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Phillips

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SPORTS
May 4, 1996 | by Paul Hagen, Daily News Sports Writer
J.R. Phillips hopped a flight in San Francisco Thursday night that landed at Atlanta's Hartsfield International Airport at 9:30 yesterday morning. Some 10 hours later, he was in the starting lineup for the Phillies facing Braves ace Greg Maddux. "Anxious?" Phillips asked. "Yeah, I was. Give me a chance to play and I'll be there. " Not surprisingly, Phillips, acquired from the Giants Thursday for a player to be named later or cash, couldn't wait to get to his new team.
NEWS
August 3, 1988 | By W. Speers, Inquirer Staff Writer Contributing to this report were the Associated Press, United Press International and Reuters
While Julianne Phillips is quoted extensively on her split with Bruce Springsteen in the Aug. 22 issue of US magazine, her spokeswoman said the model was upset over the magazine's report. Molly Madden conceded that US interviewed Phillips in February and made a follow-up phone call, but said that seeing the story on the cover was "devastating" to Phillips. In the article, Phillips doesn't sound as though she's pining away; neither does she address the subject of the Boss' reputed new love interest, Patti Scialfa.
SPORTS
May 4, 1996 | By Phil Sheridan, INQUIRER STAFF WRITER
J.R. Phillips had a ready answer when he was asked about the pressure of replacing Will Clark in San Francisco. "From the beginning," Phillips said, "I told people, 'I'm not Will Clark, I'm J.R. Phillips.' If they wanted Will Clark, they should have kept him. I'm not going to be Matt Williams or Barry Bonds or Lenny Dykstra. Everybody's different. " Phillips, 26, joined the Phillies yesterday in Atlanta. A day after being acquired from the San Francisco Giants, Phillips made his first start for the Phillies.
SPORTS
February 28, 1996 | Daily News Wire Services
When Tony Phillips became a free agent last winter, he assumed his phone would be ringing off the hook. Several teams had dire need of a solid leadoff hitter, and Phillips was coming off a career-best season with the California Angels. But instead of causing a feeding frenzy, few teams showed interest in the 36-year-old outfielder. The best offer he received sliced his annual salary by some $2.5 million. Phillips eventually, grudgingly, accepted a two-year, $3.6-million deal from the Chicago White Sox. Then yesterday, after having a change of heart in his first week of training camp, Phillips abruptly retired from the game for personal reasons.
SPORTS
January 24, 1990 | By Ted Silary, Daily News Sports Writer
There is more to basketball than snatching quarters from the tops of backboards. For every Michael Jordan who hang-glides on the cover of Sports Illustrated, there are hundreds more great leapers who have to settle for hanging in playgrounds because they never learned how to play. Meet John Bartram's Chris Phillips, a 6-2, 210-pound senior small forward who last year scored 1,350 on the Preliminary Scholastic Aptitude Test. Yesterday, Phillips, who can perform all varieties, unfurled nary a dunk as the visiting Braves (12-3 overall, 8-0 in the Public League Northern Division)
SPORTS
May 3, 1996 | by Paul Hagen, Daily News Sports Writer
The revolving door the Phillies have been using at first base spun again. And this time, J.R. Phillips stepped out. It was announced before last night's game against the Marlins at Joe Robbie Stadium that the Phillies had acquired Phillips, a 26-year-old lefthanded hitter, for a player to be named later or cash considerations. He's expected to join the team in time for tonight's game against the Braves in Atlanta and will become the sixth different first baseman the Phils have used this year, joining Gregg Jefferies, Gene Schall, Kevin Jordan, Benito Santiago and Jon Zuber.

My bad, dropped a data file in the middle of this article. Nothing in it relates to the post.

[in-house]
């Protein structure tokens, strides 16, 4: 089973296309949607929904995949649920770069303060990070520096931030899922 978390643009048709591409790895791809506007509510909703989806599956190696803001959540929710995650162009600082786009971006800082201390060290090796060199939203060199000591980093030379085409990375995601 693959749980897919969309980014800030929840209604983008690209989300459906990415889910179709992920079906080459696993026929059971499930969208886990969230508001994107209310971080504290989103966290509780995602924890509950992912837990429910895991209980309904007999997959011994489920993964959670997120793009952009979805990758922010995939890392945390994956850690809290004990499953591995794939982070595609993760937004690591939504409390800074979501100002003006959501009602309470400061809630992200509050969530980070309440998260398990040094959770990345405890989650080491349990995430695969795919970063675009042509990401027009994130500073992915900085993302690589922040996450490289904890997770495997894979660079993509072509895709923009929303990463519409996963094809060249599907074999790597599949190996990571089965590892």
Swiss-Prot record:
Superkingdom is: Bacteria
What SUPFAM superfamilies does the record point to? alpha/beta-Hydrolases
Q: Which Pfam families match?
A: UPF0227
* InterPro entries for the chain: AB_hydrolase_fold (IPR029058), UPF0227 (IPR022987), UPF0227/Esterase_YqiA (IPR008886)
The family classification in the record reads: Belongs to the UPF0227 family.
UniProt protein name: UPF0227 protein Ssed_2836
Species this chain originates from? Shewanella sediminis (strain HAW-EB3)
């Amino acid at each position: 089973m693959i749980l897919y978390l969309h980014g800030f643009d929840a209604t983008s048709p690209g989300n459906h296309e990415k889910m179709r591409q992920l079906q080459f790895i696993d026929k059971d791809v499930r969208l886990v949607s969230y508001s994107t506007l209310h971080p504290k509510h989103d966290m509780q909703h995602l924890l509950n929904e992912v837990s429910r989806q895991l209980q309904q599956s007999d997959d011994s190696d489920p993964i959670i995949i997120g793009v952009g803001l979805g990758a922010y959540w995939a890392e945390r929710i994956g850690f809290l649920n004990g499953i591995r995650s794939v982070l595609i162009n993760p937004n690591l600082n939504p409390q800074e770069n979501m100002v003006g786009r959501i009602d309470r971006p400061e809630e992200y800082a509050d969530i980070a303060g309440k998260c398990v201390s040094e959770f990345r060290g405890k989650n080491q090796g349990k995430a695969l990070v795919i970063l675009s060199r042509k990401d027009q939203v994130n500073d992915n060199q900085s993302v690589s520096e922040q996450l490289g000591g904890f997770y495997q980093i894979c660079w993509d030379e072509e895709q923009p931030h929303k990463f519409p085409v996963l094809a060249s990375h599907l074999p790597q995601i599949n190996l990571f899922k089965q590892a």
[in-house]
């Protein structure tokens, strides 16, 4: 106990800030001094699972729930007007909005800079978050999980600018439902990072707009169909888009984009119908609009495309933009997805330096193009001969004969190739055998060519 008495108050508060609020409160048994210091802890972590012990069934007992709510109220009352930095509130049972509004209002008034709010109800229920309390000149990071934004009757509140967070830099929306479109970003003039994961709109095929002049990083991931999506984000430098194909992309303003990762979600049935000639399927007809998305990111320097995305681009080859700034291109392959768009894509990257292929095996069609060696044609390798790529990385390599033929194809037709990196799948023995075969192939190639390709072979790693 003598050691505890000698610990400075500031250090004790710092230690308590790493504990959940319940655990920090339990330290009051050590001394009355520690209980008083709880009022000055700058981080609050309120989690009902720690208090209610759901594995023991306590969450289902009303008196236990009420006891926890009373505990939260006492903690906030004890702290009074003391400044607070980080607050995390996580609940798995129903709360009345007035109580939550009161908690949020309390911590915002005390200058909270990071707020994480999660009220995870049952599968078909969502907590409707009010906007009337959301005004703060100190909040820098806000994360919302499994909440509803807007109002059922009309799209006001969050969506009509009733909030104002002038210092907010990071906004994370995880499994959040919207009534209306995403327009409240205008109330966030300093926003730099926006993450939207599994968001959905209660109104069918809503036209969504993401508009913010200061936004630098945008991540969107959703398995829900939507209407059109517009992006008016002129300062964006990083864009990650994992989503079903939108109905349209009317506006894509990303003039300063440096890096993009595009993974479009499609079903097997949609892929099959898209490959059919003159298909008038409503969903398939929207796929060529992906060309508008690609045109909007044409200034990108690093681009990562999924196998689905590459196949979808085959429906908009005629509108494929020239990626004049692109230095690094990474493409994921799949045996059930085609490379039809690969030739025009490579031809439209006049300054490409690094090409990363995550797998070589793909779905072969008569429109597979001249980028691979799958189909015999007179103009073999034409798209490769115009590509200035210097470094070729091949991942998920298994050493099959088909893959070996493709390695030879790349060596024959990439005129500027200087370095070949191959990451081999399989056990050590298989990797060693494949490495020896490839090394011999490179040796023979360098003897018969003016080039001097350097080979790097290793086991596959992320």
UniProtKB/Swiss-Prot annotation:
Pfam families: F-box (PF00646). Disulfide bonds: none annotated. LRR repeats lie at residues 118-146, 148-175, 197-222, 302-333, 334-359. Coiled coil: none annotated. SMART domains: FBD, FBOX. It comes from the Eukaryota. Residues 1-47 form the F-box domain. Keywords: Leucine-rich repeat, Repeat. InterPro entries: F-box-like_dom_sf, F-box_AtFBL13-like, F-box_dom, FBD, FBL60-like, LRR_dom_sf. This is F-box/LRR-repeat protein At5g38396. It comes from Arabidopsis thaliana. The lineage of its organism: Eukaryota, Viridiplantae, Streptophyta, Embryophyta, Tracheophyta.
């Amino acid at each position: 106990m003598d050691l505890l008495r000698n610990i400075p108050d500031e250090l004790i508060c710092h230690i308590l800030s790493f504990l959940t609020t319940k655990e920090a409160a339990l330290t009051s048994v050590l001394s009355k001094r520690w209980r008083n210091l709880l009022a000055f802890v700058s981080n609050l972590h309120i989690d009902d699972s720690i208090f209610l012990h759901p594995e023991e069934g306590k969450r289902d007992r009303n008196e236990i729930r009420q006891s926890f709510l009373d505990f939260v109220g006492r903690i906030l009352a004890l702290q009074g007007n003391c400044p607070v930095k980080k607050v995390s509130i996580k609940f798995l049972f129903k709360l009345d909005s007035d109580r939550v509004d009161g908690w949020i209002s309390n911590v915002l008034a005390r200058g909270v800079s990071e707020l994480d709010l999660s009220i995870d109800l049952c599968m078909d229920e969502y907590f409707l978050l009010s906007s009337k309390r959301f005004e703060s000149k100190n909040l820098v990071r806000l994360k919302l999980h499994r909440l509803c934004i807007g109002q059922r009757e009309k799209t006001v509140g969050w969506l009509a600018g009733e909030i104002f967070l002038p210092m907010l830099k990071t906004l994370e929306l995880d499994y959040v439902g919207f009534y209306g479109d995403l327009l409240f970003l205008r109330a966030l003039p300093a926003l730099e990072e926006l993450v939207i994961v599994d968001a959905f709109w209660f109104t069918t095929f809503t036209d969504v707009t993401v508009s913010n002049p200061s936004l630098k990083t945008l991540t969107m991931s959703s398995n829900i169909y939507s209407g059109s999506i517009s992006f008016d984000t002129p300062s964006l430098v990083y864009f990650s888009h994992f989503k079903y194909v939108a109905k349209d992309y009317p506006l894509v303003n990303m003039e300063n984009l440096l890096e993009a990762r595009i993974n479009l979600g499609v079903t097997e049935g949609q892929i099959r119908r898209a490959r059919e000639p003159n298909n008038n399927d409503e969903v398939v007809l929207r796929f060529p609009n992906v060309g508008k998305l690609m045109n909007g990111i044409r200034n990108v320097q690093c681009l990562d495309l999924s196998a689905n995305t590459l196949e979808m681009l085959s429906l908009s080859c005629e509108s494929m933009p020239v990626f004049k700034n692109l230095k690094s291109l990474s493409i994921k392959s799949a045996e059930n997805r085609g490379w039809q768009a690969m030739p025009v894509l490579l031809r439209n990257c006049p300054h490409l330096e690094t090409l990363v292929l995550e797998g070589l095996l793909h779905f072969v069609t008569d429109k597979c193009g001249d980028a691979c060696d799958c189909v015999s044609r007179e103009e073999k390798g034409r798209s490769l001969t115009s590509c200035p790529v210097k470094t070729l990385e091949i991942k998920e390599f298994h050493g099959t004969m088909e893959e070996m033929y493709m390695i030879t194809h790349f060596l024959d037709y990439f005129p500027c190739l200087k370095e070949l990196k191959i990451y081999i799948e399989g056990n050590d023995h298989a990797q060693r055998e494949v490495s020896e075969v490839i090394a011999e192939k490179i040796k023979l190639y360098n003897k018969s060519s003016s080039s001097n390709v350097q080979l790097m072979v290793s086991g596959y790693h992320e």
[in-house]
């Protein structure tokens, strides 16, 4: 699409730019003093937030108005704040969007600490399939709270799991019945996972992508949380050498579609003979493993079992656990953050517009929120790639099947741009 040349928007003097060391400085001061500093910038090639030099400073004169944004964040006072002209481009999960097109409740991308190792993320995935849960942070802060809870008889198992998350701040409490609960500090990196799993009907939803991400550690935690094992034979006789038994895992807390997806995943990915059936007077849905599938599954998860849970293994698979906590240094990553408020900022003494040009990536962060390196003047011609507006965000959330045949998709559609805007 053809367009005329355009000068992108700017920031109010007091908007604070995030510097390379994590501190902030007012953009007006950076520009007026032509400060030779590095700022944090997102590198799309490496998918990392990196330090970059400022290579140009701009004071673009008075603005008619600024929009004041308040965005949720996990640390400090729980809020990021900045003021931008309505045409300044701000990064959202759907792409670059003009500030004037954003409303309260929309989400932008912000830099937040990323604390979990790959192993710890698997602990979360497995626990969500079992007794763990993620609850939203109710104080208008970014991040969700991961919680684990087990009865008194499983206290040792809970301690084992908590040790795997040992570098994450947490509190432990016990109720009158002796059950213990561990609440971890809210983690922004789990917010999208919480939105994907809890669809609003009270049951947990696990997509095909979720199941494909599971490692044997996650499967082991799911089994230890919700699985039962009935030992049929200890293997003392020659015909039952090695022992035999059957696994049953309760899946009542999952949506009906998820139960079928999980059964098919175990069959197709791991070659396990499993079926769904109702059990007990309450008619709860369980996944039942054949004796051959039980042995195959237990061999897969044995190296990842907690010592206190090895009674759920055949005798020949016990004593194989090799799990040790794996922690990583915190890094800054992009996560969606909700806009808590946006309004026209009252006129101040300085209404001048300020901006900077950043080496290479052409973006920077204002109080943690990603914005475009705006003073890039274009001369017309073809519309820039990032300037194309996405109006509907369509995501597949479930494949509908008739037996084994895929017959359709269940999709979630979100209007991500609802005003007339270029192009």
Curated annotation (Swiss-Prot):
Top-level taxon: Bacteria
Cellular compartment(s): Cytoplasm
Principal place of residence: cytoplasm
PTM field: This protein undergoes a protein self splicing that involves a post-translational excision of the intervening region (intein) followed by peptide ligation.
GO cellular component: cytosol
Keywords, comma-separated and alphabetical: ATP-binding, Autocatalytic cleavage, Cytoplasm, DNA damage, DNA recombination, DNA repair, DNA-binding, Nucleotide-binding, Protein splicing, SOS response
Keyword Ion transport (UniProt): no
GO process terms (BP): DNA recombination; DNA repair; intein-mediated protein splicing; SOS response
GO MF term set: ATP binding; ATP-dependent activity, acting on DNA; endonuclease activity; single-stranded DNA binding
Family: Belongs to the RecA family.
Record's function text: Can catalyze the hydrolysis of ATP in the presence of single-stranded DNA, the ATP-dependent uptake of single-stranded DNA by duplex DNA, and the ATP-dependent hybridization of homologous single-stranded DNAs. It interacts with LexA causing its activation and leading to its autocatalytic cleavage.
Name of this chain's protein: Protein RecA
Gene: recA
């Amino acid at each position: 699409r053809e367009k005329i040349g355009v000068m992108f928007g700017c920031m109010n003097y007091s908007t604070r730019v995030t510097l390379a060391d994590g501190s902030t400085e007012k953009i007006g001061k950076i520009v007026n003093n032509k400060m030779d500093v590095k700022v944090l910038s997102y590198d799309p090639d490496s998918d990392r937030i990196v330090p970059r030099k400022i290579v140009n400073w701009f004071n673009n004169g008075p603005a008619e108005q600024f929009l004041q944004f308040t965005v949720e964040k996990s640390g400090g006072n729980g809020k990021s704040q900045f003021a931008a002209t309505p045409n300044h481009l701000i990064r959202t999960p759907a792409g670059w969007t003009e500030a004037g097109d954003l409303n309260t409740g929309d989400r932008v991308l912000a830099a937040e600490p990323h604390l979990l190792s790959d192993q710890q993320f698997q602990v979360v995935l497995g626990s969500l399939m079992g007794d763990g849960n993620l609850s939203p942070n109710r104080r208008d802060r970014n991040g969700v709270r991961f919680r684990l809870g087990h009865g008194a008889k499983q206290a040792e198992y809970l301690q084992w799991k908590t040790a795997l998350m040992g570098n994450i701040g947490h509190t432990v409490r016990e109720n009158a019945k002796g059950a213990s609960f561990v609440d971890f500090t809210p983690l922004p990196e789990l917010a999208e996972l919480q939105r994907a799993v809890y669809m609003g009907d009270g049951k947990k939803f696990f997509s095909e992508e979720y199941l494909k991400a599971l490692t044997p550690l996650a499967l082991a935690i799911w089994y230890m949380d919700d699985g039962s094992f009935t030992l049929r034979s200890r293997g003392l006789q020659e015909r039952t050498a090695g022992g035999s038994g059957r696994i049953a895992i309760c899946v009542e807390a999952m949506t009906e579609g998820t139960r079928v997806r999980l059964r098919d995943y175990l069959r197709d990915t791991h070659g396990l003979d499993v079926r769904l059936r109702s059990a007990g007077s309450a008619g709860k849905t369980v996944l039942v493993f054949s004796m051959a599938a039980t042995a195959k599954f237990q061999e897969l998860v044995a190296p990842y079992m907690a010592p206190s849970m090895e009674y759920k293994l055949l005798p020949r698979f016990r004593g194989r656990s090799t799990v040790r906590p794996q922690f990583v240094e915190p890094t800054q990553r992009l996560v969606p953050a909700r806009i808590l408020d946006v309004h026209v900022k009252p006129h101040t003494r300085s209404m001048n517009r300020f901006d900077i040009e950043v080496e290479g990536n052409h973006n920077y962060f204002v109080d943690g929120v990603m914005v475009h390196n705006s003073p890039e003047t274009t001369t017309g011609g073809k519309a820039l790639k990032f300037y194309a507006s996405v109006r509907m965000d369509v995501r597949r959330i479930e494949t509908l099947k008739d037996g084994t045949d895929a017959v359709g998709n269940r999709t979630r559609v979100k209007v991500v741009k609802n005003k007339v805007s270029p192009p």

SPORTS
June 19, 1996 | by Paul Hagen, Daily News Sports Writer
Three weeks ago, a betting person could have gotten impressive odds against the chance that J.R. Phillips would be back with the Phillies for last night's game against the Cardinals. Then again, nobody expected Steve Jones to win the U.S. Open. Even by those standards, Phillips has had a strange odyssey. Acquired from the Giants May 2 for his defensive prowess at first base and his power potential, he was designated for assignment on May 28 after hitting .103 and striking out 15 times in 29 at-bats.
NEWS
September 26, 1989 | By Joseph Grace, Daily News Staff Writer
When Democrat Walter M. Phillips takes his campaign for district attorney into a room filled with police officers tonight, he knows the critical issue may not be his views on drug crime, police manpower or ineffective judges. It may be his stand on hamburgers. What's the beef? Phillips is expected to promise the officers that, if elected, he will not prosecute them for accepting free hamburgers from city restaurants. In fact, Phillips already made that pledge in a letter published in a recent police union newsletter: "I will not, under any circumstances, prosecute a police officer for accepting free hamburgers, free coffee, or other similar gratuities.
SPORTS
May 29, 1996 | by Paul Hagen, Daily News Sports Writer
On the night of May 3, after a red-eye flight from San Francisco to Atlanta, J.R. Phillips talked about how happy he was to have been traded to the Phillies. That emotion lasted less than a month. Before last night's game against the Dodgers, Phillips was called into manager Jim Fregosi's Veterans Stadium office and informed that he had been designated for assignment to make room on the roster for outfielder Ricky Otero, who was called up from Triple A Scranton/ Wilkes-Barre.
SPORTS
June 29, 1996 | By Sam Carchidi, INQUIRER STAFF WRITER
The injury-ravaged Phillies hope to use the next three months as a testing ground for their future. Which is why you may soon see an infield that includes its best prospect, Scott Rolen, at third base. And why you can expect to see a lot of work from rightfielder J.R. Phillips. Phillips, after being banished to the minors earlier this month, has returned to the Phils and has shown some positive signs. Last night, he slammed two homers and a double as the Phillies ended a five-game losing streak by defeating the Montreal Expos, 7-3, before 21,703 fans at Veterans Stadium.